county for six years, filling the office in a manner entirely creditable to himself and to all concerned. He is president of the Orphans' Home Board, and has done much for the promotion of this commendable work. Fraternally he is a member of the Knights of Pythias and the Independent Order of Odd Fellows. He belongs to and liberally supports the Christian church. He is a member of the Grand Army of the Republic.
            Mr. Clark has been three times married, first, to Barbara Hobbick, in 1866. She was a native of Pennsylvania, but came with her family to Randolph county, locating in Ward township, when but a child. Her death occurred March 25, 1873, leaving two children, Ida A., born August 15, 1867, married Edward Mickey, who died July, 1913, at Saratoga, and to them two children were born, Ivan and Paul; Elmer E., born October 12, 1872, married Gertrude Thomas, and is a farmer of Randolph county; to them seven children have been born. Mr. Clark's second marriage occurred in 1875, when he espoused Mrs. Jane Reitenour, daughter of James Hale of Randolph county, and to this union two children were born, Clarissa S., who married Ora Collins, a farmer of Ward township, and to them seven children have been born; and James T., who married Estey Michael, is farming in Ward township. The second wife of our subject died in 1898. By her previous marriage she had one child, William H. Reitenour. On December 24, 1898, our subject married his last wife, Emma Keener, daughter of a farmer of White River township. Her parents were both deceased at the time of her marriage.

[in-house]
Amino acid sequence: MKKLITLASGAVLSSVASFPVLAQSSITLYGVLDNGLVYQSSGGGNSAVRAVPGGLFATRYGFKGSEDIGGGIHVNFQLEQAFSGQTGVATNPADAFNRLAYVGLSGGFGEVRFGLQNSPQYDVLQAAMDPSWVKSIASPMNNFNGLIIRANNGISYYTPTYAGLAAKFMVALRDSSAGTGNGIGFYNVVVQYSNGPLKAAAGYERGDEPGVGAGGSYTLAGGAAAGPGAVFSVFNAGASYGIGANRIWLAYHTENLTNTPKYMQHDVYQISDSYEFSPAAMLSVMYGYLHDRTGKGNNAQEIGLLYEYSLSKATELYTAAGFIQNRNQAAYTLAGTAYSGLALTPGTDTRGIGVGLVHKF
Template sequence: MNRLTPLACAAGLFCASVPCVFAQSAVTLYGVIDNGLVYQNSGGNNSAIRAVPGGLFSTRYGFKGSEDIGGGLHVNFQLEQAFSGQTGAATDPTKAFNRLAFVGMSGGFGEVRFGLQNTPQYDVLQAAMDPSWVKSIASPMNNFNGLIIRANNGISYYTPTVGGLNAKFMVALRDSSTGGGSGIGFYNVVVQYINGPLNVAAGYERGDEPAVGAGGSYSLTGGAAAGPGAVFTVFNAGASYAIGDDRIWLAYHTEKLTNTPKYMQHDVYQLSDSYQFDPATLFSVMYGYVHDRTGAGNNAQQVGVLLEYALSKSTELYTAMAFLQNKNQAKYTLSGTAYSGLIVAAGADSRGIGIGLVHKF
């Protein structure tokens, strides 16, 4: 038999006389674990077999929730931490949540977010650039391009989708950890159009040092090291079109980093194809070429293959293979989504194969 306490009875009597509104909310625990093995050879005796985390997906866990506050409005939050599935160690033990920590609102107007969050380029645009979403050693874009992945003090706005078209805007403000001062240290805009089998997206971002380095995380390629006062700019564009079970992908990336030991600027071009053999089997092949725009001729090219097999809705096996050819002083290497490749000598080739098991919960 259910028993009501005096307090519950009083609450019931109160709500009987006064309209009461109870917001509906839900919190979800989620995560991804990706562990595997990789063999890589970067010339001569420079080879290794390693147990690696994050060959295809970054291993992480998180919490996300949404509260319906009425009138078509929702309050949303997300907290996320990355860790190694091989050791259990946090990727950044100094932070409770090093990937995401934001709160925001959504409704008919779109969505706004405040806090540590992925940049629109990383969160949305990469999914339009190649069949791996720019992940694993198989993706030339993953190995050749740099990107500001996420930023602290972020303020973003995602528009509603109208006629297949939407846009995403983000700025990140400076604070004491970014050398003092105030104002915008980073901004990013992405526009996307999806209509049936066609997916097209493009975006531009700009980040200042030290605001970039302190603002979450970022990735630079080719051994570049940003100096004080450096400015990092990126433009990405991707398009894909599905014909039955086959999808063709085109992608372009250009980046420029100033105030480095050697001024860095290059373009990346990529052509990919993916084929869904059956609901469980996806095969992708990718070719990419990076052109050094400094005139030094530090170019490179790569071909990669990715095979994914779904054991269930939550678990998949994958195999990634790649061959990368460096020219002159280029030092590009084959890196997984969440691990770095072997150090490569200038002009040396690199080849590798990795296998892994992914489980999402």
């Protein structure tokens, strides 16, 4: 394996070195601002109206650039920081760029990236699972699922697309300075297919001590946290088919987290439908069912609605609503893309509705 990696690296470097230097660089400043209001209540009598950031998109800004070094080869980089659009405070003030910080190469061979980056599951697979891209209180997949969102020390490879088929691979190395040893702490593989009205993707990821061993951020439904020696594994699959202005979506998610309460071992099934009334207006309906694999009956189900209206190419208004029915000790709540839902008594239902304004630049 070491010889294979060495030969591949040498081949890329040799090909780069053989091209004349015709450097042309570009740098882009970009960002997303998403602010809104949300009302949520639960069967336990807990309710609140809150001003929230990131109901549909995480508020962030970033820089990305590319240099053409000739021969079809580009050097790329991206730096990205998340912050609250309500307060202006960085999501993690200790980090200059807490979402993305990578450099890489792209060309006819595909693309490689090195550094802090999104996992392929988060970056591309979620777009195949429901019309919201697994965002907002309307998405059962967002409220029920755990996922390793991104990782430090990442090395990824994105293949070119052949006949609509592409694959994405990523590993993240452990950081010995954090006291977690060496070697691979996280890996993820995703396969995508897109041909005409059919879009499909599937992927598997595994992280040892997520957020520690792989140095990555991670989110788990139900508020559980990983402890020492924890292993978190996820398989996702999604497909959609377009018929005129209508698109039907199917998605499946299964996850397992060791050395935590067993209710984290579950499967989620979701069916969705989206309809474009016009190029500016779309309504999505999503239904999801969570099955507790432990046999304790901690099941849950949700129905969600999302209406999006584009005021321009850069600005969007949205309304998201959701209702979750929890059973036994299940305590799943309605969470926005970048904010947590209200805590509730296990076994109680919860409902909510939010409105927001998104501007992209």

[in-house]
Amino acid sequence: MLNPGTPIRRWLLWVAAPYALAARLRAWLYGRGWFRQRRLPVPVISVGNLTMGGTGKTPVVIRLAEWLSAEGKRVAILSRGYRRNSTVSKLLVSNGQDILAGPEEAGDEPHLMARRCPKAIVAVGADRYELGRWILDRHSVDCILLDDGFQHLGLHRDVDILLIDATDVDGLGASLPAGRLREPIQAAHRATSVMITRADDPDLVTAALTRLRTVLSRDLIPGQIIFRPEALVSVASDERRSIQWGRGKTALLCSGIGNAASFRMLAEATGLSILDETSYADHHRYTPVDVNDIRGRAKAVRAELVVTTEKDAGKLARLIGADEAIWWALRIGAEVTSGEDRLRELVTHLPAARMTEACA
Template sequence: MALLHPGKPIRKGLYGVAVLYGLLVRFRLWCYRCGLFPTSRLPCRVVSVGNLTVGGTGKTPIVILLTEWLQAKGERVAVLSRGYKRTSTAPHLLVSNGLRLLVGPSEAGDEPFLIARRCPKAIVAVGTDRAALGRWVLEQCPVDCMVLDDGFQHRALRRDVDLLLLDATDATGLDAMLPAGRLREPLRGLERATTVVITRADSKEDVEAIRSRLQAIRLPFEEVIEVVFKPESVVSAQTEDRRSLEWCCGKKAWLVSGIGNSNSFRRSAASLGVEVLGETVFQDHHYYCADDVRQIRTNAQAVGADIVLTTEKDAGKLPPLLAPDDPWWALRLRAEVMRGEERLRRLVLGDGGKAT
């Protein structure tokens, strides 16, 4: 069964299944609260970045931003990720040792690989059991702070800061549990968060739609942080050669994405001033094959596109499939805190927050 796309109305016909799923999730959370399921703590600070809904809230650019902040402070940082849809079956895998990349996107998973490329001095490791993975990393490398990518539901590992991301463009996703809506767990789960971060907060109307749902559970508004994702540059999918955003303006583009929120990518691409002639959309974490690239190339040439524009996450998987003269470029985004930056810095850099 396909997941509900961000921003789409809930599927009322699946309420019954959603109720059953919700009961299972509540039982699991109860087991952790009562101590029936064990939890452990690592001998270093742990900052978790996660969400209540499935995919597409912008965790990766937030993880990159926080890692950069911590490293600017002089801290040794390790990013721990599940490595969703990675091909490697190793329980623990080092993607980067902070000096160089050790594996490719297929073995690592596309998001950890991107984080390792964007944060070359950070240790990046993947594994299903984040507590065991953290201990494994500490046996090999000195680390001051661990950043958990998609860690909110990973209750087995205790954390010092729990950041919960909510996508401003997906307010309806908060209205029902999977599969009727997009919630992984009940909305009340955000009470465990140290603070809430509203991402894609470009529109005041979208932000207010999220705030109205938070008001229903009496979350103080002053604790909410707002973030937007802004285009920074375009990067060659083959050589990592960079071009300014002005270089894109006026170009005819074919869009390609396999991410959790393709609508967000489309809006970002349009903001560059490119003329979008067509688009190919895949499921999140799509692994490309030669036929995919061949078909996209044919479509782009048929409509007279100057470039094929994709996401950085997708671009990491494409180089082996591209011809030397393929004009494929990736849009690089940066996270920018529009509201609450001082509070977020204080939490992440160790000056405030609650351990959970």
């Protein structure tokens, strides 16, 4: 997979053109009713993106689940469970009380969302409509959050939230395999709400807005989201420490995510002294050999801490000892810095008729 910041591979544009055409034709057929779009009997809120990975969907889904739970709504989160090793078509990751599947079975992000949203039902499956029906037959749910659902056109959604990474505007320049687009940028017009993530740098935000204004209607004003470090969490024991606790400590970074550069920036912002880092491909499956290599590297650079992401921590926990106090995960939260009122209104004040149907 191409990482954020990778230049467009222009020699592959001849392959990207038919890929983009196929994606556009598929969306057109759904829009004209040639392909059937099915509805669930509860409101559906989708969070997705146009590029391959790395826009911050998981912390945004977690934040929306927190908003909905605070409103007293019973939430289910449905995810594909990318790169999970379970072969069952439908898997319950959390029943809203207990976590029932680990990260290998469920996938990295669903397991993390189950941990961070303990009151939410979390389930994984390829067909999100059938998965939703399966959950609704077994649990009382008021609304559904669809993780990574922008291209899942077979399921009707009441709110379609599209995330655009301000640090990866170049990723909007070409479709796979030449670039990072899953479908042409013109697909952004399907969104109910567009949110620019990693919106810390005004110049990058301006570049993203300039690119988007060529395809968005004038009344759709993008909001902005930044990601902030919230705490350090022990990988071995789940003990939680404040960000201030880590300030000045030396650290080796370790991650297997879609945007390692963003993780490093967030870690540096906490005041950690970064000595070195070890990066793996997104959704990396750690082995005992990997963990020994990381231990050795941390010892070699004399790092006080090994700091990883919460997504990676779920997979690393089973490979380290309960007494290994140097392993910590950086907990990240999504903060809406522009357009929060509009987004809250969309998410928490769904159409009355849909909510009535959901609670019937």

Mr. Clark is a gentleman in whom the utmost confidence is reposed by all who know him owing to his long life of honest dealings with the people of Randolph county, and he is liked by all classes.
Past and Present of Randolph County, Indiana, 1914.
Contributed by Gina Richardson